Day Three in Rome

Day Three in Rome really took our breath away. If you’ve kept up with the posts you’d know that I haven’t really travelled as much as I would like to. I wanted to see sights in this world that I have only seen through pictures, I wanted to create memories and I wanted tick off destinations that I have only dreamt of. Day three was particularly special to us as it was my birthday so it seemed fit that we had left the best for this day.

The agenda for the day was simple: The Vatican and St. Peter’s Basilica. The Vatican is the world’s smallest country which completely baffled us, we couldn’t understand how this could be a country but I guess it just is! Just in case you didn’t know, the Vatican is is a walled enclave within the city of Rome, where all the Popes and the current Pope lived/live. Inside the huge stoned walls, you can find the Vatican Museum, the Sistine Chapel and St Peter’s Basilica which we visited in that order. I feel like using the words ‘breath taking’ over and over again, because I can’t find the words to explain just how stunning everything was. We were just blown away by the history, the art, the details that were surrounding us. I took so many pictures, but as you can predict, it just doesn’t capture the beauty at all as the naked eye does. We literally were walking around in awe.

So we had an English speaking tour booked for the Vatican Museum, this we booked directly through the official website [this one], our tour guide was really knowledgeable and talked us through the Vatican Museum which is also the official home of the Pope. We went from room to room, soaking in all the information and history around us. We asked questions, posed for pictures and just truly lost ourselves in the moment. It is so special, and a sight I would suggest you go see if you ever get the chance to. A paragraph won’t do it justice, so I’m going to stop typing about it, but I suggest you go check out a few videos if the pictures interest you. By the way, you will be blown away by the amazing artists who contributed to the beauty of the Vatican.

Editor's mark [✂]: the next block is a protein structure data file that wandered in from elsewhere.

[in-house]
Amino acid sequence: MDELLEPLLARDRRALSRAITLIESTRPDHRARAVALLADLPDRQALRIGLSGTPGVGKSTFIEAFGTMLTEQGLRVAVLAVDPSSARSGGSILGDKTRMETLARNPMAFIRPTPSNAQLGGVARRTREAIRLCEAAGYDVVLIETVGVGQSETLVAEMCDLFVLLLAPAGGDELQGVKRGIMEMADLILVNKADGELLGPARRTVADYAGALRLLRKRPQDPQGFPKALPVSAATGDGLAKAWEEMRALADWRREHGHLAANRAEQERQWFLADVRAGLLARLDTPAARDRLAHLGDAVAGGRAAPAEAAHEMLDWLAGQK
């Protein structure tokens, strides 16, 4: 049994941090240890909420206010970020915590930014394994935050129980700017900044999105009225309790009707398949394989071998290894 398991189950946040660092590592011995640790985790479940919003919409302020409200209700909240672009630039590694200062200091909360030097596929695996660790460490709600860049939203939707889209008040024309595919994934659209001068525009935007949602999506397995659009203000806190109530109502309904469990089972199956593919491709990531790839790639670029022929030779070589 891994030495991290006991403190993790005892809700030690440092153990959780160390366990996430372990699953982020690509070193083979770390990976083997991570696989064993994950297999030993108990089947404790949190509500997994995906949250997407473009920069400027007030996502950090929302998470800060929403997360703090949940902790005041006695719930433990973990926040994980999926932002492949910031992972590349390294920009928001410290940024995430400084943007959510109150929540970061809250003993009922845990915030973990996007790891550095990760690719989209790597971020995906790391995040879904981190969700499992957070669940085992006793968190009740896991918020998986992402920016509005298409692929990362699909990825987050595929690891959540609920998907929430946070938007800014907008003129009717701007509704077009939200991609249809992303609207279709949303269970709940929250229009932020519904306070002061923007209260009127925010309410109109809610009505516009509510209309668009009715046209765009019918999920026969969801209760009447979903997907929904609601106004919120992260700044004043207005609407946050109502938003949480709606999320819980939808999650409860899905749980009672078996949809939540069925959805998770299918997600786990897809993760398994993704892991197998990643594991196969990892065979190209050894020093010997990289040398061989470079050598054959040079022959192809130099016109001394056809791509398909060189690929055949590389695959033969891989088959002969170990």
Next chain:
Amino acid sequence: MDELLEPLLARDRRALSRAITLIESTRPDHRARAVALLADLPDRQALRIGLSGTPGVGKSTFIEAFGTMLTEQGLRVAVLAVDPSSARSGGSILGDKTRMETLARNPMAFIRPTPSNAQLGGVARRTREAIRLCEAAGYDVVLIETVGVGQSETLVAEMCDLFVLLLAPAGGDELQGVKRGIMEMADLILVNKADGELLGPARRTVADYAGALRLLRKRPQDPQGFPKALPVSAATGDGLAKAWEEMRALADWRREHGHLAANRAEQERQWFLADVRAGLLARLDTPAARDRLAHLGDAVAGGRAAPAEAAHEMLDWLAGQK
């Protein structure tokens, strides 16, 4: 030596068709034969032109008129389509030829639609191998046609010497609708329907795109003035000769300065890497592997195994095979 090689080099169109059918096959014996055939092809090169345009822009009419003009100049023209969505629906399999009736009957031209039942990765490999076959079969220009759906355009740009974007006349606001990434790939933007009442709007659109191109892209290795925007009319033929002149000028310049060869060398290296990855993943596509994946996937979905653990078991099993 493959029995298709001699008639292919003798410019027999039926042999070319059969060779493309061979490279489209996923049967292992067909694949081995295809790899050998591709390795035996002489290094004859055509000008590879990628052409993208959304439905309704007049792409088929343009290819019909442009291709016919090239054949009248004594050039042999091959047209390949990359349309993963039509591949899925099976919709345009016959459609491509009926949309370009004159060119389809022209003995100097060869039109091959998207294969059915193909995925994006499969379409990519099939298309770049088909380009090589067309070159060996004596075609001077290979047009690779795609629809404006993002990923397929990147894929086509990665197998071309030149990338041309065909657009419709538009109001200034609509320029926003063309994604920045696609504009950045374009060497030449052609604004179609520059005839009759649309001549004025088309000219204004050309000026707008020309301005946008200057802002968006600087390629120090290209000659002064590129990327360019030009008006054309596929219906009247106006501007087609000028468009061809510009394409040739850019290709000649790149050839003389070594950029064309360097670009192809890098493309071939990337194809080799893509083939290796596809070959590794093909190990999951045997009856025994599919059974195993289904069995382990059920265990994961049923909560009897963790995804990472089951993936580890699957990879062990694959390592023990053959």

Tip: We got really lucky as we went in January so we were able to move around leisurely without it being overcrowded. Try to go in the colder off peak months to truly enjoy your experience.

After the Vatican Museum, we went to the Sistine Chapel, which is connected to the Vatican Museum. Unfortunately no photos are allowed to be taken in the Sistine Chapel but a quick Google search will bring you up lots of pictures. Last time I picked up a paintbrush and did a bit of art work was way back in the days whilst doing my Art GCSE and I feel like my love for art has been reignited just by spending even 10 seconds in the Sistine Chapel. The beautiful artwork of Michealangelo which I have seen in so many textbooks and images, was right in front of me, and all the pictures I have seen could have never prepared me for how grand and how ‘breathtaking’ the real thing was – yes that word again because I can’t think of what else to substitute for the feeling I got. I just sat there, for the longest time, soaking it in and just staring. My husband was ready to move on, but I felt rooted like I couldn’t move, as there was just so much to see. So so much. I was imagining Michealangelo painting the ceiling and being pretty much blinded in the process with the lead in the paint falling into his eyes. I imagined the process of a pope being selected, in the very hall I was sitting in. It is so fascinating. I’d definitely go back again.

After the Sistine Chapel, we went to see the St. Peter’s Basilica which is a renaissance chapel inside the Vatican City. Again, the structure of the chapel was grand, if you are a fan of architecture you are going to be blown away by the very prominent renaissance architecture here. We walked around just marveling at the high ceiling, the pillars and just the million other details that made up the Basilica. I had a goal in mind, climb to the dome of the chapel and experience the view below. I was determined to tick this off my bucket list, even it almost killed me in the process. Not everyone knows this, but it is actually possible to climb to the dome of St. Peter’s, even I wouldn’t have known should I not have researched before hand. There are a lot of stairs to climb, we skipped about 400 of these by paying to use the elevator but we were left to take the remaining 550ish. These are very very narrow, very tiny winding stairs that look like a death trap. It is absolutely exhausting, so claustrophobic and quite scary climbing to the top. (I’ll try upload a vlog about it soon). Eventually after a few breaks, a lot of complaints, we made it to the top. The cold air greeting us was a welcome sensation, and the view of St. Peter’s square was just worth it. Again, pictures don’t capture the beauty, you have to see it to believe it.

After that rather exhausting excursion, we relaxed in St. Peter’s square and watched the sun go down on the square. Then, I had a craving for gelato so off we went to satisfy that craving. We wound down my birthday evening by just relaxing before dinner, which we had at a restaurant close to our hotel. We dined on spicy prawn spaghetti and virgin mojitos.

My 26th birthday turned out to be the most eventful birthday I think I ever had. I feel like it was a once in a lifetime kind of birthday, how often will I be able to spend my special day at the Vatican and all the other special places we visited. It was my first birthday as a married woman, so it was rather special sharing the day solely with my husband. Phones were off, social media silent, just the two of us. It was just beautiful, and I fell asleep that night as the happiest girl in all the lands.   

P.S You can read my other Rome posts here:

Our First Night in Rome
Day Two in Rome

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